Another point which might be particularly interesting is the fact that the difficulty rating appears to be independent of whether people have a background in Computer Science/Software Engineering or not. One might guess that this could mean that learning Scala is not much more difficult without a formal educational background in Computer Science.
Perceived Difficulty Relative to Educational Background
While a majority of the students in the course have degrees in Computer Science/Software Engineering, it was nonetheless interesting to discover how many students from fields as varied as Life Sciences and Fine Arts have participated in the course! Here’s what it looks like:
Participants' Fields of Study
However, we were still interested to see how the formal education of participants influenced their assessment of the perceived difficulty. It turns out that, of those who have or have pursued university degrees— Bachelors or Masters degrees, there was almost no difference in perceived difficulty. The only marked differences appeared to the far left and the far right of the spectrum.
Perceived Difficulty Relative to Level of Education
This leads to the question— what is the educational profile of the students taking the course? The answer is somewhat surprising. It turns out that most students taking the course have already completed a master’s degree!
Participants' Highest Degrees
We also collected information from respondents about their prior experience with other programming languages and paradigms, and perhaps not surprisingly, we found that most people considered themselves Java experts, while few considered themselves experienced in any form of functional programming.
Participants' Experience With Other Languages/Paradigms
However, in comparing people who considered themselves “experts” or “fluent” across a few paradigms, we found that C/C++ experts considered the course marginally less challenging than did Java experts. And, not surprisingly, experts in functional programming considered the course not to be particularly difficult.
Perceived Difficulty of Expert Participants in Other Languages/Paradigms
One of the most interesting questions for us running the course was: why were you interested in taking the course in the first place? Here is the answer:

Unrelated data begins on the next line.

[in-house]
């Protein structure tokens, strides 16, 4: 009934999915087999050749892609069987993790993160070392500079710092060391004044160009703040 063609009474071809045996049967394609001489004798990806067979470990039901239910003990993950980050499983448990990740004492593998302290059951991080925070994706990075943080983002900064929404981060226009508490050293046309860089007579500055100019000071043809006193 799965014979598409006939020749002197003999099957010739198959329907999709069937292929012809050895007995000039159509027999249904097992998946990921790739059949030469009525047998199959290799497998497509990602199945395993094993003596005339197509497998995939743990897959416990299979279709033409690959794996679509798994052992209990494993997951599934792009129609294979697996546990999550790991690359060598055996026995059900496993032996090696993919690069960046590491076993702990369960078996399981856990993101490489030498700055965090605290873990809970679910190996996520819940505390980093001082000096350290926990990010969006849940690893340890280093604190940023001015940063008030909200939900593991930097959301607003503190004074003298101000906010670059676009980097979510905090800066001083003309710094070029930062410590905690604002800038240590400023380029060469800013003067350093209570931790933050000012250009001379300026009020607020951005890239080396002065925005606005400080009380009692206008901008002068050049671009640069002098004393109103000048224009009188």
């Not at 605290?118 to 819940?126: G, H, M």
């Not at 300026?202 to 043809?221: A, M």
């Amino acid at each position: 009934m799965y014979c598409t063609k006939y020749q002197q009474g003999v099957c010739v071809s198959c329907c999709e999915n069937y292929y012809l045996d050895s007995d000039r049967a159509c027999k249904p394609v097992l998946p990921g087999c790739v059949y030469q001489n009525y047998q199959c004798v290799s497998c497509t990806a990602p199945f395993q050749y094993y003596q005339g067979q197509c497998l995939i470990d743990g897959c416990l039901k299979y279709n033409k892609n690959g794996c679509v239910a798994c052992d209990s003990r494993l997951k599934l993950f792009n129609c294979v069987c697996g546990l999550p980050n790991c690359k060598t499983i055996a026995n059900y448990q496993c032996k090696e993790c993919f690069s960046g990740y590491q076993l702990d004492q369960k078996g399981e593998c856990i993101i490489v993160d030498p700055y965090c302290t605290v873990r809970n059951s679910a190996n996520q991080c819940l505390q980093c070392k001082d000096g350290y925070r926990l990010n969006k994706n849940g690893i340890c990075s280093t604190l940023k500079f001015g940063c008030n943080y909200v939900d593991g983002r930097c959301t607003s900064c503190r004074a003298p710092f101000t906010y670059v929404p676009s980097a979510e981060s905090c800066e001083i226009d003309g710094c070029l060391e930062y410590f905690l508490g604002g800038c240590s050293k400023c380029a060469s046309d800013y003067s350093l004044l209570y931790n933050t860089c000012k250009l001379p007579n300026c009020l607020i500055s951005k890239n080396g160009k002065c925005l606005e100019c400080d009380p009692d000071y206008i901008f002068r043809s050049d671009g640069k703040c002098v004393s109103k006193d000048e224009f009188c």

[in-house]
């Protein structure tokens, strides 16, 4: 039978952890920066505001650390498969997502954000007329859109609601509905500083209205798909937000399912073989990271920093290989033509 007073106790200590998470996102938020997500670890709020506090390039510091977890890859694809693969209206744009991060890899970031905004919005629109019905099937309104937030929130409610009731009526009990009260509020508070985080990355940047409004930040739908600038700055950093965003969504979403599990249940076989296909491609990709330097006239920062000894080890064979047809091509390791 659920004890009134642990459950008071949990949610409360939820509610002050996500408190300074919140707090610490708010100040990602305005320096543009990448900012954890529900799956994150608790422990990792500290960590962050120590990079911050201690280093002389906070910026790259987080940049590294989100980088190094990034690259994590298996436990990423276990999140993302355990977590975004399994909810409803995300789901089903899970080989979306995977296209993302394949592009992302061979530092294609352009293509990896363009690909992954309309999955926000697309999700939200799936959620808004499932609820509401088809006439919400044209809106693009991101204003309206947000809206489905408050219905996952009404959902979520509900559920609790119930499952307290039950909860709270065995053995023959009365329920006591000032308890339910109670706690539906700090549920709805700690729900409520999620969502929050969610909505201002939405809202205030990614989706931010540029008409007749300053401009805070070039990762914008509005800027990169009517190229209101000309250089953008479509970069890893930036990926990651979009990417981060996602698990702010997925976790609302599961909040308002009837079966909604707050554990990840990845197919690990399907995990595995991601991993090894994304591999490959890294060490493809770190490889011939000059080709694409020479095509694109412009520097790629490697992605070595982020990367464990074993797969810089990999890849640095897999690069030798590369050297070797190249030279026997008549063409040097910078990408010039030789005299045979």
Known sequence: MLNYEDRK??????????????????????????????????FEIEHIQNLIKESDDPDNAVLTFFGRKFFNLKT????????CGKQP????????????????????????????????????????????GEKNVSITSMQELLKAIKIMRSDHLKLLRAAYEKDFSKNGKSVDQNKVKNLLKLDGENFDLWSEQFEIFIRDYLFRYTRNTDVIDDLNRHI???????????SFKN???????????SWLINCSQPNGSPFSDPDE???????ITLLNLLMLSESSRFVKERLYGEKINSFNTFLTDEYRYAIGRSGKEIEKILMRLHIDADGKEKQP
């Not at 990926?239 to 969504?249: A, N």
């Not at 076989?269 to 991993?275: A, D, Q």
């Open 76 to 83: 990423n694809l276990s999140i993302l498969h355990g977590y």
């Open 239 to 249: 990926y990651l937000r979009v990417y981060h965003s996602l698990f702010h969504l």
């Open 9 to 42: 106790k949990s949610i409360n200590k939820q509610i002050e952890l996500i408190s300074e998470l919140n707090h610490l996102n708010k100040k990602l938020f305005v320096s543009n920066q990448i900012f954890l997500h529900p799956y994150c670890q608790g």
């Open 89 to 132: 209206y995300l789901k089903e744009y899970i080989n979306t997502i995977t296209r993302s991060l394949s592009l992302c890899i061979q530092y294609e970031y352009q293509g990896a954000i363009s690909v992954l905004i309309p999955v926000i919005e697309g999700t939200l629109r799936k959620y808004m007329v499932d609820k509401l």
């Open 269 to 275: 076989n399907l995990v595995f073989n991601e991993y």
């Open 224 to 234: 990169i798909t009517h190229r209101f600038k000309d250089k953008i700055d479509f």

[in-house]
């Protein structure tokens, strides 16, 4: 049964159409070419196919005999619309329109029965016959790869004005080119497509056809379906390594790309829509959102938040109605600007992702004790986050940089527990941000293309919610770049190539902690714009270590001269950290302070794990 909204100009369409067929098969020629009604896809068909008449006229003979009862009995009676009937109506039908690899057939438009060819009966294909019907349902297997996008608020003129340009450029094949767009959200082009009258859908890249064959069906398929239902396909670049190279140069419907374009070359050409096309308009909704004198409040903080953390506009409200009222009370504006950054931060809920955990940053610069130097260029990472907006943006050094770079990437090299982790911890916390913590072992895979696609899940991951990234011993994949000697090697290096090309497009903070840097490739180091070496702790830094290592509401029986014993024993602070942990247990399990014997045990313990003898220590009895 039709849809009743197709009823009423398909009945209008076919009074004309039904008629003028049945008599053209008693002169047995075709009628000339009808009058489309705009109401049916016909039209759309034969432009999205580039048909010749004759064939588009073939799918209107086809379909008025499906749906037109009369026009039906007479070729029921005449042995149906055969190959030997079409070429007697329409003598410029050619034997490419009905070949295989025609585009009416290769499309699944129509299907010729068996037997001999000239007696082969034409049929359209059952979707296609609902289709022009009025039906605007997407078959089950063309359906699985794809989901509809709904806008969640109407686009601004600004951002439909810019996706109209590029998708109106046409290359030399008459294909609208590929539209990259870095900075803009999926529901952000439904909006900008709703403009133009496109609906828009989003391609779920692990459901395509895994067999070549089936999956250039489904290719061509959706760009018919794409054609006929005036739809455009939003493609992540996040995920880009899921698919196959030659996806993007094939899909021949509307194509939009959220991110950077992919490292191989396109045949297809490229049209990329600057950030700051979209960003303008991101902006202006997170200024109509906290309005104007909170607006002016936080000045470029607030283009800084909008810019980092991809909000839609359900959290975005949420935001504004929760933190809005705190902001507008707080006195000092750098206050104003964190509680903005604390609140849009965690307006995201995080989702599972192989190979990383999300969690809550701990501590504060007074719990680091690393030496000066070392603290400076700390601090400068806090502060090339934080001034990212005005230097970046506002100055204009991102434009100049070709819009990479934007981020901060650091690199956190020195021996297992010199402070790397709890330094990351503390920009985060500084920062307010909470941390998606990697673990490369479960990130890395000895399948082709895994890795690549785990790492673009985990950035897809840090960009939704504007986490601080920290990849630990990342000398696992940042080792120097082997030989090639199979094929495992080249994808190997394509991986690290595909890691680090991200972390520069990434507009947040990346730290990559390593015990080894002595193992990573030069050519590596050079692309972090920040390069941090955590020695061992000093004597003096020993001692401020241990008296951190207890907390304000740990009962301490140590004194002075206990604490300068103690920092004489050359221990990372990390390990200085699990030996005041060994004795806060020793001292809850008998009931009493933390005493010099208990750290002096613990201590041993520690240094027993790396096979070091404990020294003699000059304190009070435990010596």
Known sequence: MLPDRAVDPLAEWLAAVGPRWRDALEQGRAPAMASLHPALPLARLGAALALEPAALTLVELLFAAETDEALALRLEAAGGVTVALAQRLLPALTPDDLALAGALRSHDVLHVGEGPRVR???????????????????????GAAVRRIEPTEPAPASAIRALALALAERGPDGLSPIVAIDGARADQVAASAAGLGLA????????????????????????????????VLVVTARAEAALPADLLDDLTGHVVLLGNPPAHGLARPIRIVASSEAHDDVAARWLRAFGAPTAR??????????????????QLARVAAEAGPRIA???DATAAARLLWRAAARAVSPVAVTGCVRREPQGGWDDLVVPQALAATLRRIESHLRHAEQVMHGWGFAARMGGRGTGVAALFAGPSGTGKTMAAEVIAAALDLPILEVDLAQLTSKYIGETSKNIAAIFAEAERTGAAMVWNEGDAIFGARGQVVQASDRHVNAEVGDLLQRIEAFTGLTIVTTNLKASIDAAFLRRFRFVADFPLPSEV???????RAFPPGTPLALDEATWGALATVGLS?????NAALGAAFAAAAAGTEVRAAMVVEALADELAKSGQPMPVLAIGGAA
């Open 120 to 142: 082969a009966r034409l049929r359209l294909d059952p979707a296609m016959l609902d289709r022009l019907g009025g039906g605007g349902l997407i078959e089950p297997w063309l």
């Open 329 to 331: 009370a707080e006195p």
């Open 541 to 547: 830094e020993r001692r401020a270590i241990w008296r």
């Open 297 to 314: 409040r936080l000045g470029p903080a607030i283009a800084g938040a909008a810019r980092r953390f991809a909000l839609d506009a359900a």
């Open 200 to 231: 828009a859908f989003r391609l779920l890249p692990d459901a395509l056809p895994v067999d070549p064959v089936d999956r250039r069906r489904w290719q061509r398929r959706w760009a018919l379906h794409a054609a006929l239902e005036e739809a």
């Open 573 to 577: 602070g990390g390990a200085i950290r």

What interested you in the Functional Programming Principles in Scala course?
We also wanted to know in what type of scenario people would like to apply what they’ve learned in the course. Here’s what we found:
Where do you plan to apply what you've learned in this course?
Another question that we couldn’t wait to hear the answer to was whether course participants thought that the course was worth the time they invested in it. We were delighted to find that a vast majority of students rated the course as being well worth their time!
Was the course worth the time you spent?
Furthermore, we found a similar trend of students interested in taking our tentative follow-up MOOC!
Would you be interested in taking a follow-up course?
We also collected numbers about the used programming tools. First, we were interested in the editor (or IDE) of choice that participants use in their professional lives or in hobby projects. In a second step, we wanted to compare this to the editor that participants used (primarily) for completing the exercises of the course. Here are the results:
Which editor do you normally use, and which editor did you use for the course?
We’d like to close with some fun, and partially surprising, information on the demographics of those who took the course and completed our survey. Here is a world map showing the number of participants per country— darker colors indicate a larger number of students per-country:
Absolute Number of Participants Per Country
<p> </p><p> </p>
Here’s that graph again, relating that population of students who enrolled in the course with the population of the respective country:
Number of Participants Per Country Relative to Countries' Population
<p> </p><p> </p>
Get the data and explore it with Scala!
For those of you who want to have a little bit of fun with the numbers, we’ve made all of the data publicly available, and we’ve made a small Scala project out of it. In particular, we put the code that we used to produce the above plots on github (progfun-stats).
For those of you who have taken the course and are itching for some fun additional exercises in functional programming, one of our suggestions is to tinker with and extend this project! You’ll find the code examples for generating most of these plots available in this post, in the above repository.
Given sufficient interest, we’re planning on posting a follow-up blog article with interesting observations and plots that you have produced. So, tinker away! Feel free to post links to your graphs in the comments below.
Overall, it was an intense 7 weeks for us as well as the course students. Organizing a MOOC is no small matter. We could count on the help the EPFL team, with Lukas Rytz, Nada Amin, Vojin Jovanovic and Manohar Jonnalagedda who designed and implemented the grading infrastructure, prepared the setup instructions, designed the homeworks, and edited the videos and quizzes; Tao Lee, who did most of the video cutting and editing, Tobias Schlatter, who worked tirelessly answering questions on the discussion boards, Pedro Pinto, who designed the recording equipment setup, and Nastaran Fatemi Odersky who did content editing. Many people at Typesafe also helped, in particular the IDE team around Iulian Dragos and Mirco Dotta who implemented the worksheet software and Josh Suereth who helped with sbt.
Hard as the work of preparing and running the course was, the amount of positive feedback we got made it worth for us many times over. We believe this medium has a lot of potential and, so far, we are only scratching the surface.